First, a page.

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Wade v. Berryhill

United States District Court, C.D. California

March 31, 2017

NANCY A. BERRYHILL, [1] Acting Commissioner of Social Security, Defendant.




         Brian Scott Wade (“Plaintiff”) filed a Complaint on March 16, 2016, seeking review of the denial of his application for supplemental security income (“SSI”). On March 10, 2017, the parties consented, pursuant to 28 U.S.C. § 636(c), to proceed before the undersigned United States Magistrate Judge. (Dkt. Nos. 10, 24, 25.) On January 11, 2017, the parties filed a Joint Stipulation (“Joint Stip.”). (Dkt. No 23.) Plaintiff seeks an order reversing the Commissioner's decision and remanding for further proceedings. (Joint Stip. at 12.) The Commissioner requests that the ALJ's decision be affirmed or, in the alternative, remanded for further proceedings. (See Id . at 13.) The Court has taken the matter under submission without oral argument.


         On May 31, 2012, Plaintiff, who was born on May 18, 1967, protectively filed an application for SSI.[2] (See Administrative Record (“AR”) 189.) Plaintiff alleged disability commencing January 1, 2009 due to “depression, mental impairments, bi-polar, severe anxiety, autism, [and] schizophrenia.” (AR 219.) Plaintiff previously worked as a home attendant (DOT 354.377-014). (AR 37, 220.) After the Commissioner denied Plaintiff's applications initially (AR 121) and on reconsideration (id. 135), Plaintiff requested a hearing (see Id . 152). Administrative Law Judge Philip J. Simon (“ALJ”) held a hearing on January 9, 2014 (id. 47). Plaintiff, who was represented by counsel, testified before the ALJ as did vocational expert (“VE”) Gregory Jones. (See AR 50-88.) On April 8, 2014, the ALJ issued an unfavorable decision, denying Plaintiff's application for SSI. (Id. 12-41.) On February 5, 2016, the Appeals Council denied Plaintiff's request for review. (Id. 1-3.)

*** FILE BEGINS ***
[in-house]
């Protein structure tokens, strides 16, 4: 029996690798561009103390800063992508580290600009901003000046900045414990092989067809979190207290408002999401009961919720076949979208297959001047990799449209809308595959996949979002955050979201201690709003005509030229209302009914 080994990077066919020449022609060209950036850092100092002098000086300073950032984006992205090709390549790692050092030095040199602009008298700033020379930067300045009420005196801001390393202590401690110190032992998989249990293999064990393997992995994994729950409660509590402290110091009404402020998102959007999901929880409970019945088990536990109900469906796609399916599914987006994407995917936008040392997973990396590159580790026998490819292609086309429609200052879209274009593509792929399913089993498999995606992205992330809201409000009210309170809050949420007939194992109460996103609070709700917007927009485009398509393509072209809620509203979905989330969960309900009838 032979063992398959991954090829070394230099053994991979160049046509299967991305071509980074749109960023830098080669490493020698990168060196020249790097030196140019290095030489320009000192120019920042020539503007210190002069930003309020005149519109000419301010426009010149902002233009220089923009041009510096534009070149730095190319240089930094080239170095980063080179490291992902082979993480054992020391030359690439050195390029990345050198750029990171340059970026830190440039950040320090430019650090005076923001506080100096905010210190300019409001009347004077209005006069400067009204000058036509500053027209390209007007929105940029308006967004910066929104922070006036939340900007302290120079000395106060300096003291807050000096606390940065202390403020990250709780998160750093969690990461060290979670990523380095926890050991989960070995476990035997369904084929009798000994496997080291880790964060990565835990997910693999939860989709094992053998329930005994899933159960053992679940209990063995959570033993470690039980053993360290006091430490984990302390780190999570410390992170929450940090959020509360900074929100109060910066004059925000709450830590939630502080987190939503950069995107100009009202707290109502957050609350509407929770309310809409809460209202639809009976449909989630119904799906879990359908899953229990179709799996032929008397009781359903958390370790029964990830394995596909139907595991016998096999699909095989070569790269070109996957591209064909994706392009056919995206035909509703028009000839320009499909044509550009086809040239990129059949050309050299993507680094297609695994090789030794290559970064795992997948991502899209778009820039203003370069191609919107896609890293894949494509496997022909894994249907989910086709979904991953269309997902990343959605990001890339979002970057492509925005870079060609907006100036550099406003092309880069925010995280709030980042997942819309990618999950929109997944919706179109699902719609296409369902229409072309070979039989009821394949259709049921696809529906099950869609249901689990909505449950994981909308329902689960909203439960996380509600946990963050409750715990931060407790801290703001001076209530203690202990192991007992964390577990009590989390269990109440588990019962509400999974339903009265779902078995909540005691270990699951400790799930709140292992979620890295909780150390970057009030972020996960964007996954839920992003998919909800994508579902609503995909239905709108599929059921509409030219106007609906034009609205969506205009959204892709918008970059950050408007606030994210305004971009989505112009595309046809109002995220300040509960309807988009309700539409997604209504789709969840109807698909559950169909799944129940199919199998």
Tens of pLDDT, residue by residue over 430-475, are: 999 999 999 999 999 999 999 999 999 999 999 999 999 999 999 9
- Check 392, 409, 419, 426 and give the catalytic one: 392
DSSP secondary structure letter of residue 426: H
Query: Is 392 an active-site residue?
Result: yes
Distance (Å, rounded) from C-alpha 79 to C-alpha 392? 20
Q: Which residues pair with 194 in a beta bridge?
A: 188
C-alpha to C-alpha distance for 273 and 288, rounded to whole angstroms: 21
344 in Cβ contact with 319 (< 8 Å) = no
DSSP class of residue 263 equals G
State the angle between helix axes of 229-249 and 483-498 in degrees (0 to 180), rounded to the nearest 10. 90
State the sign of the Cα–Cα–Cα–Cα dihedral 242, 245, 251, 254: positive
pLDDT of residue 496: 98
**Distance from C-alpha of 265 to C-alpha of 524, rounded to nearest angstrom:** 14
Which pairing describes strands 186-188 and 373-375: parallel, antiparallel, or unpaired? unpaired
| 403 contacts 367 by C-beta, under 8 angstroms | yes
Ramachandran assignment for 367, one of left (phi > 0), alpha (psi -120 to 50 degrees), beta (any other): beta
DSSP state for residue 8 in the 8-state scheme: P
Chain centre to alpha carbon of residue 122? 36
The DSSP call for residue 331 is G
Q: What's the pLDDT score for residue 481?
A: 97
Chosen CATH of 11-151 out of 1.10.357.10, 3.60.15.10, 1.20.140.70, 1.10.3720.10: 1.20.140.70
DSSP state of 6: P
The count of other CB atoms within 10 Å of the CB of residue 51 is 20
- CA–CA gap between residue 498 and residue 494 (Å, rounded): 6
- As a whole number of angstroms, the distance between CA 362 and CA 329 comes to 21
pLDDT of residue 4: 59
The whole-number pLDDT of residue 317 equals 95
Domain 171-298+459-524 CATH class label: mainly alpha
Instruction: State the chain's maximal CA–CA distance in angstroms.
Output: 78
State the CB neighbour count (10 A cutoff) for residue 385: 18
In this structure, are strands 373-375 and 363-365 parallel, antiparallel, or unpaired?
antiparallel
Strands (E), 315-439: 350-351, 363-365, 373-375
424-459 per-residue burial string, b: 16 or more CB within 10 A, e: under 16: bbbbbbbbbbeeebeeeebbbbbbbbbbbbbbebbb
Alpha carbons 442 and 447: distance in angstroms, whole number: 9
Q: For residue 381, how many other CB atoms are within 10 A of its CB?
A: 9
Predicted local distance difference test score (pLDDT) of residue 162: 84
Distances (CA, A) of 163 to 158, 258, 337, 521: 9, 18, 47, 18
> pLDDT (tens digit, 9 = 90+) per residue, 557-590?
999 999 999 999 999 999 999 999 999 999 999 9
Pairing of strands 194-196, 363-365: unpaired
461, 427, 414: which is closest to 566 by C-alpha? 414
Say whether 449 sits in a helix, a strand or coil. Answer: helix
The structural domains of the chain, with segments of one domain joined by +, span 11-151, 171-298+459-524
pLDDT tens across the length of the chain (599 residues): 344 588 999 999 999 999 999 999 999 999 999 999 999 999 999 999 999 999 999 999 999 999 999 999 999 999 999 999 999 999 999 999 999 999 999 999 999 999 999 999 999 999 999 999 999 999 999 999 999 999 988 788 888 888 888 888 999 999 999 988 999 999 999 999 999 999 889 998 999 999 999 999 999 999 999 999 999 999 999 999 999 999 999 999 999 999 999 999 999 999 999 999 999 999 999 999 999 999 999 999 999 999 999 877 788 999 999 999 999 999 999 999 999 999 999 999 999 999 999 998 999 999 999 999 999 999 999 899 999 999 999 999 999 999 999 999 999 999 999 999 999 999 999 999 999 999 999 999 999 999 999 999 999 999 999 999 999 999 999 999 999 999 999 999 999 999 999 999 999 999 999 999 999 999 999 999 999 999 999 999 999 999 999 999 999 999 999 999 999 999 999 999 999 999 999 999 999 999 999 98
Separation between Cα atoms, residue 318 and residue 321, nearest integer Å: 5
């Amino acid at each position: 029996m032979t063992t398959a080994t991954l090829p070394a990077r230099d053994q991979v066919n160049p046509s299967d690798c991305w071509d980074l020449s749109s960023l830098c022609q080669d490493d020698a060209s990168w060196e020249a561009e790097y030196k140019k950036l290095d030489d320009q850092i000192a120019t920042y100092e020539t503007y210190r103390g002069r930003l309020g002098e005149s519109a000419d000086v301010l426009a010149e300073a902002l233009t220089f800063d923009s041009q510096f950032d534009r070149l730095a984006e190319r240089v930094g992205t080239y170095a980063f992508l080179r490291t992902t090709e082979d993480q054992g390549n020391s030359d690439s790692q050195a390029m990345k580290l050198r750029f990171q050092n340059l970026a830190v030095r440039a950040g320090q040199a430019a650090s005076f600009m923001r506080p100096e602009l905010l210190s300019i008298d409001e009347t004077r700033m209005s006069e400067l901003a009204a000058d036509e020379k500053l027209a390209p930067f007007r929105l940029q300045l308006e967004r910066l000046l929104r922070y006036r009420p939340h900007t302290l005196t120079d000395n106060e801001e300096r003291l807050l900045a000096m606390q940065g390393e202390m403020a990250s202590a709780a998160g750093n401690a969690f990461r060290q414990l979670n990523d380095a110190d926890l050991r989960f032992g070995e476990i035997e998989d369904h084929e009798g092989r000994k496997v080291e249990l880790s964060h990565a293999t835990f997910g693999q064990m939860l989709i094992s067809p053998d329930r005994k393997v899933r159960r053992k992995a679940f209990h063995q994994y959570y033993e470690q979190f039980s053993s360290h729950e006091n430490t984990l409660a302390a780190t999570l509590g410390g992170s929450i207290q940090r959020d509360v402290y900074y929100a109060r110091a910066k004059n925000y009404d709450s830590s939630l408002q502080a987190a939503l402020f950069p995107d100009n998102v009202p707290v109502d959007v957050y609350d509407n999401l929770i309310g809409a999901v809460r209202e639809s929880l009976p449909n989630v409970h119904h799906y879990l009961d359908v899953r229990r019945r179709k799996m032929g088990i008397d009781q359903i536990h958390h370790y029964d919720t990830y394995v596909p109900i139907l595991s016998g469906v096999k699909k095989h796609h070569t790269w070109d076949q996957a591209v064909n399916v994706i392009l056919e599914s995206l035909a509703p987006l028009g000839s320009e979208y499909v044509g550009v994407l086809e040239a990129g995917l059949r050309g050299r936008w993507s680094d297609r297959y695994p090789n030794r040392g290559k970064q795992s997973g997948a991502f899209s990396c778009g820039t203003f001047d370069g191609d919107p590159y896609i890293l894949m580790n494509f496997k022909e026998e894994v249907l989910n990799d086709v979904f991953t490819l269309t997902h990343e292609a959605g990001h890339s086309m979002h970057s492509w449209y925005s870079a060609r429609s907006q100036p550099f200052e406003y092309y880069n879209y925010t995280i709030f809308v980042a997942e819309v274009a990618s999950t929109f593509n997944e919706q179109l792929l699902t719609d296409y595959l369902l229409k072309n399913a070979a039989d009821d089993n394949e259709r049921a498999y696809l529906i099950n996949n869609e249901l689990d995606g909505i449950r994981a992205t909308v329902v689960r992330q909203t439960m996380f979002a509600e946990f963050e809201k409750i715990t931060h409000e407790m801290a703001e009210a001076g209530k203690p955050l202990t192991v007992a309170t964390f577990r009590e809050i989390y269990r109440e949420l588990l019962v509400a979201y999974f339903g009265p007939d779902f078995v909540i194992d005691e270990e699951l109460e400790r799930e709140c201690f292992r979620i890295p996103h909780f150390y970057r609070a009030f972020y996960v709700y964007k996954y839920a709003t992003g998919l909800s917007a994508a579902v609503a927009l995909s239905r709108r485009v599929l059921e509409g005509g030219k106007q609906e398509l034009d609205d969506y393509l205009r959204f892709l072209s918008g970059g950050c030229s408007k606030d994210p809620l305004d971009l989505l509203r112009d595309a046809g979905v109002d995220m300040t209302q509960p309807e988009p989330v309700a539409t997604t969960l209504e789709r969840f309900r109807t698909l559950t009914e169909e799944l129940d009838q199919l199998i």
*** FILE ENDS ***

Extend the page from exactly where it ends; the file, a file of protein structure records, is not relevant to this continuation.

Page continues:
The ALJ found that Plaintiff had not engaged in substantial gainful activity since his May 31, 2012 application date. (AR 19.) The ALJ further found that Plaintiff had the following severe impairments: mild degenerative disc disease of the lumbar spine; history of motor vehicle accident with multiple fractures; obesity; asthma; depression; anxiety; and a history of methamphetamine abuse. (AR 21-24.) The ALJ concluded that Plaintiff did not have an impairment or combination of impairments that met or medically equaled the severity of any impairments listed in 20 C.F.R. part 404, subpart P, appendix 1 (20 C.F.R. §§ 416.920(d), 416.925, 416.926). (Id. 24-26.) The ALJ determined that Plaintiff had the residual functional capacity (“RFC”) to perform light work with the following limitations:

[Plaintiff] can occasionally climb ladders, ropes, and scaffolds; cannot be exposed to concentrated fumes, dusts, gases, unprotected heights, and dangerous machinery; and is further limited to simple routine work with no more than occasional contact with the public as a function of job duties.

(AR 27.)